In the fight to keep activists honest, few things are more frustrating than out-and-out fabrications. And the intellectual liberties taken by animal rights devotees are particularly egregious. Witness the fictional animal “rights” quotation, attributed to Leonardo da Vinci, which is literally chiseled into the reception lobby at People for the Ethical Treatment of Animals (PETA). Today, as most Americans respectfully mark the 40th anniversary of Dr. Martin Luther King, Jr.’s assassination, it’s clear that some in the animal rights movement are eager to twist his legacy to suit their already twisted ideology.
In an interview for a 2007 documentary film, activist leader Pamelyn Ferdin (spouse of the murder-advocating Dr. Jerry Vlasak) insisted that Dr. King would sympathize with violent animal-rights radicalism if he were alive today:
“Dr King said ‘I am only effective as long as there is a shadow on white America of the black man standing behind me with a Molotov cocktail.’”
This is one of those things that made us go “Hmmm….” Did Martin Luther King, Jr. really say such a thing? It sounded more like the Black Panthers or Malcolm X.
Where’s the source for this quotation? Aside from other animal rights activists, absolutely none exists. University of Texas El Paso philosophy professor (and professional violence advocate) Dr. Steven Best, for instance, has no problem repeating this so-called “quotation.” But curiously, it’s not in the vernacular of King scholars. How do we know? We asked.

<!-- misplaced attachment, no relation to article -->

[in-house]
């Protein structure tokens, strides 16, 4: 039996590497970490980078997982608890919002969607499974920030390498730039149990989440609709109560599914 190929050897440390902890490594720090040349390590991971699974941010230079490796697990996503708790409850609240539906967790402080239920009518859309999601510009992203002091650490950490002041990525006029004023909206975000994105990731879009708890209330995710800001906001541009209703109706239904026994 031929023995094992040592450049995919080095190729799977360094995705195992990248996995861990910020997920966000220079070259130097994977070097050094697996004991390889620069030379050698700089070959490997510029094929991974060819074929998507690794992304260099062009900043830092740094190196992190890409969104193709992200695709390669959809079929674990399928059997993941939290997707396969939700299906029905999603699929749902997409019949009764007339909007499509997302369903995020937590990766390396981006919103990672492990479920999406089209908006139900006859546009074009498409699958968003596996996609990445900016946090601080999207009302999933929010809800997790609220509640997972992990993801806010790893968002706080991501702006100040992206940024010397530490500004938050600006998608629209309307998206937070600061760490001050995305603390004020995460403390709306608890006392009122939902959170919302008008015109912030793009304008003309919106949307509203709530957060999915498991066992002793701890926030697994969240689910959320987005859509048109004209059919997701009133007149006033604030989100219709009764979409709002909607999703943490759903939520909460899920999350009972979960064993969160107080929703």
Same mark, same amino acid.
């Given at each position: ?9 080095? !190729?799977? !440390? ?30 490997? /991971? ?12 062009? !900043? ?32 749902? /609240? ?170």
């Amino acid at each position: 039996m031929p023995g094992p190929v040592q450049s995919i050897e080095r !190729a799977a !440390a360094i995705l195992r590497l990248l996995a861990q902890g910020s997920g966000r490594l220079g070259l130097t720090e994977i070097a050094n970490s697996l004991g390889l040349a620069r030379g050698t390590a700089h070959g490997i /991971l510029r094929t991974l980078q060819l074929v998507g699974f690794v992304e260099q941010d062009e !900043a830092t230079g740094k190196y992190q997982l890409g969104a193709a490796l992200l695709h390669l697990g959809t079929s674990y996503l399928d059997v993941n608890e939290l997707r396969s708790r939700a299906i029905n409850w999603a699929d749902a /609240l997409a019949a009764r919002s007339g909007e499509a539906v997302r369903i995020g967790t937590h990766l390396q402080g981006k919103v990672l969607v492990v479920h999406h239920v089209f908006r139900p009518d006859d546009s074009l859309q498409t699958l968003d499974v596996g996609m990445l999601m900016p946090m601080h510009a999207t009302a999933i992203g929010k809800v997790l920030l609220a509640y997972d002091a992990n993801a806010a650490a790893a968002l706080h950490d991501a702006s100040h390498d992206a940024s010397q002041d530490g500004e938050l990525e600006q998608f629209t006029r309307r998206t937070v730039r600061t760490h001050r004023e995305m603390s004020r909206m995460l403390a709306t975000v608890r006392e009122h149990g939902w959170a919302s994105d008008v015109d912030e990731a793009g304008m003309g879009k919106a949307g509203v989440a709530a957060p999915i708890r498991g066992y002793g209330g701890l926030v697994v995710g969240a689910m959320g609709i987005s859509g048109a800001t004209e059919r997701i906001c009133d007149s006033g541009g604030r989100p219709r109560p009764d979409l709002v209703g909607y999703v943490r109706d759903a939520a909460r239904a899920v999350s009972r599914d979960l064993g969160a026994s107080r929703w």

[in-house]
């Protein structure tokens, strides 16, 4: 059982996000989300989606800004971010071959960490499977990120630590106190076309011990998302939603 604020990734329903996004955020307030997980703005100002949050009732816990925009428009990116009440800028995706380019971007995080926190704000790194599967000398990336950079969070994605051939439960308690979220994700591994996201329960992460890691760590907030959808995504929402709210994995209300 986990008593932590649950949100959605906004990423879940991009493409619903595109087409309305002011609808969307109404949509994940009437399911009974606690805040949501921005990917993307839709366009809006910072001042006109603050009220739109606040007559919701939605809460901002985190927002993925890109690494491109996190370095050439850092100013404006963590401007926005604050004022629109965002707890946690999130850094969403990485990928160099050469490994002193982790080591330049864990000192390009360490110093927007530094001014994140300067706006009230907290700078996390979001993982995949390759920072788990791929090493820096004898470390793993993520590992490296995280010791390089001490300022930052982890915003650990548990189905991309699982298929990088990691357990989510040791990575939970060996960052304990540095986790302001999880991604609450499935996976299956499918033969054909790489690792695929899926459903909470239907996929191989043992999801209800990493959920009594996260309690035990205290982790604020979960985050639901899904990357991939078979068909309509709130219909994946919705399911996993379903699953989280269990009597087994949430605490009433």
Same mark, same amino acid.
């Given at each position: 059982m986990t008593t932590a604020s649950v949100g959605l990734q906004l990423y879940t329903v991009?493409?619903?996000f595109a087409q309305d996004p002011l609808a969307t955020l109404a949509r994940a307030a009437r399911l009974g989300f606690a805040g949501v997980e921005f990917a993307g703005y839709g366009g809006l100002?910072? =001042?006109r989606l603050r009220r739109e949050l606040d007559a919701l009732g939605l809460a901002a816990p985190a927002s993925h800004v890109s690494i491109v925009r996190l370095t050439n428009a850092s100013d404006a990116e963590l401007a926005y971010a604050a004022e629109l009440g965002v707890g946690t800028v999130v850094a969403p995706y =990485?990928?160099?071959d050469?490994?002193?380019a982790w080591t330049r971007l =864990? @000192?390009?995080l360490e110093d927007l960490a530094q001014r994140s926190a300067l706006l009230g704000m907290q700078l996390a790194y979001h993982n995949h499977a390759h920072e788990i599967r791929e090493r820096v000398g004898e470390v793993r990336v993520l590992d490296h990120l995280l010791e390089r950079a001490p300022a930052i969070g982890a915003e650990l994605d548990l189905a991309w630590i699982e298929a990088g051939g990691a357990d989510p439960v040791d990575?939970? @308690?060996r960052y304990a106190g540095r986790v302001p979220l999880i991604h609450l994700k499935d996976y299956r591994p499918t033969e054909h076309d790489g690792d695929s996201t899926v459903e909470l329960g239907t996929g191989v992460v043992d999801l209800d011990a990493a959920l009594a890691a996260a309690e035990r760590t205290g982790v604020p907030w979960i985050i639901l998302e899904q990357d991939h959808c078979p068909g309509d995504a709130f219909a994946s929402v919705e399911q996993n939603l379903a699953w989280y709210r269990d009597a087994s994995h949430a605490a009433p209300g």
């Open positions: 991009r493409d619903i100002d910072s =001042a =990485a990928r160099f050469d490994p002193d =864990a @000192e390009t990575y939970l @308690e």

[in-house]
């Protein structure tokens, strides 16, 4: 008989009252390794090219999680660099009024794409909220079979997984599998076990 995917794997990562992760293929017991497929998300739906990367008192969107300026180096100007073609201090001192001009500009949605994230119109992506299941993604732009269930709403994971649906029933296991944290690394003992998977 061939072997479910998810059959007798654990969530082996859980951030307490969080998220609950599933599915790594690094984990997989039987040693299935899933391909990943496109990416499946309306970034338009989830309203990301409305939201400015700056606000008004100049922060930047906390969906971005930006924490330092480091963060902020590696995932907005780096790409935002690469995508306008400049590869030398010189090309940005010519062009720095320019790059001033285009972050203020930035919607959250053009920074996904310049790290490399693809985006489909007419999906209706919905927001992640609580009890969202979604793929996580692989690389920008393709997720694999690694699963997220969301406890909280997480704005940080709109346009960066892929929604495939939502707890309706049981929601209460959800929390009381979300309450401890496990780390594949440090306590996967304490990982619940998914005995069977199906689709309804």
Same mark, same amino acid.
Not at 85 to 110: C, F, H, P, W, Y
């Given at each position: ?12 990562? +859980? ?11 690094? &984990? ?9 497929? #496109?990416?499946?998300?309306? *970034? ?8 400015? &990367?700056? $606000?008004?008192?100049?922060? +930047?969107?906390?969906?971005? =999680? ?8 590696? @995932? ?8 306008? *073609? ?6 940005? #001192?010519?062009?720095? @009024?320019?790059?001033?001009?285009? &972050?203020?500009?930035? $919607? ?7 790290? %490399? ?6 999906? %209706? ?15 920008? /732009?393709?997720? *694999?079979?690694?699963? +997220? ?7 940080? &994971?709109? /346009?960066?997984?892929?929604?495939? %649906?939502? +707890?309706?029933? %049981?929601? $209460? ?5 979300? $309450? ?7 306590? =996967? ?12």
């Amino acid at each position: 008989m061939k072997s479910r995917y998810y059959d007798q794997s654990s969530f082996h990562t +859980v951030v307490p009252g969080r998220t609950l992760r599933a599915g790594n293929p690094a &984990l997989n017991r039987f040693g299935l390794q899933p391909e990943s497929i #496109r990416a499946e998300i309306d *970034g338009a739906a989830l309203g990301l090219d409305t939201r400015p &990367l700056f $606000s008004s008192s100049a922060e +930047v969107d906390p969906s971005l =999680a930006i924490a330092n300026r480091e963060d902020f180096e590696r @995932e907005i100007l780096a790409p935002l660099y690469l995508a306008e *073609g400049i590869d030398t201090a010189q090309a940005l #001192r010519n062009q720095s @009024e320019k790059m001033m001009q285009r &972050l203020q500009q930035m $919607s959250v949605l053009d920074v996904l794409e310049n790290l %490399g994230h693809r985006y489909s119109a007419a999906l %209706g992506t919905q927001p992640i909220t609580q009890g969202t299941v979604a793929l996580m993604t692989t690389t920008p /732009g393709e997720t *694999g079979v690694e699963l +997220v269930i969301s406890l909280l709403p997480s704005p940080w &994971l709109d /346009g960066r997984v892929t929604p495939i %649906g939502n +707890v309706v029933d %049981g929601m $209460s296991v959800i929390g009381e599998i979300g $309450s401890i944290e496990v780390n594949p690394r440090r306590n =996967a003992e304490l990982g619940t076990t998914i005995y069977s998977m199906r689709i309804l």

Dr. Clayborne Carson, Director of Stanford University’s Martin Luther King, Jr. Research and Educational Institute, wrote us “regarding the purported quote from Dr. King, and I’m unaware of any documentary evidence to support the attribution.”
So it’s a fake. But how did it get into circulation? Dr. Best footnotes a book called Green Rage.
Green Rage author Eric Manes footnotes a 1989 article from The Earth First! Journal. From there, the trail runs cold. The EF! Journal notes that the article in question “arrived mysteriously in the mail,” and it’s unsigned. Excellent scholarship, indeed.
As anyone who has read more than a page or two of Dr. King’s writings will tell you, the man was all about justice, love, and peaceful civil disobedience. And there’s no actual evidence he was an early bunny-hugger.
Nor is there any evidence he ever said this, despite the reckless claim of Animal Liberation Front “press officer” Lindy Greene:
“Never, never be afraid to do what’s right, especially if the well being of a person or an animal is at stake.”
Just another fabrication. Here’s hoping most Americans can do right by Dr. King today, and every day. Unlike the animal “rights” movement.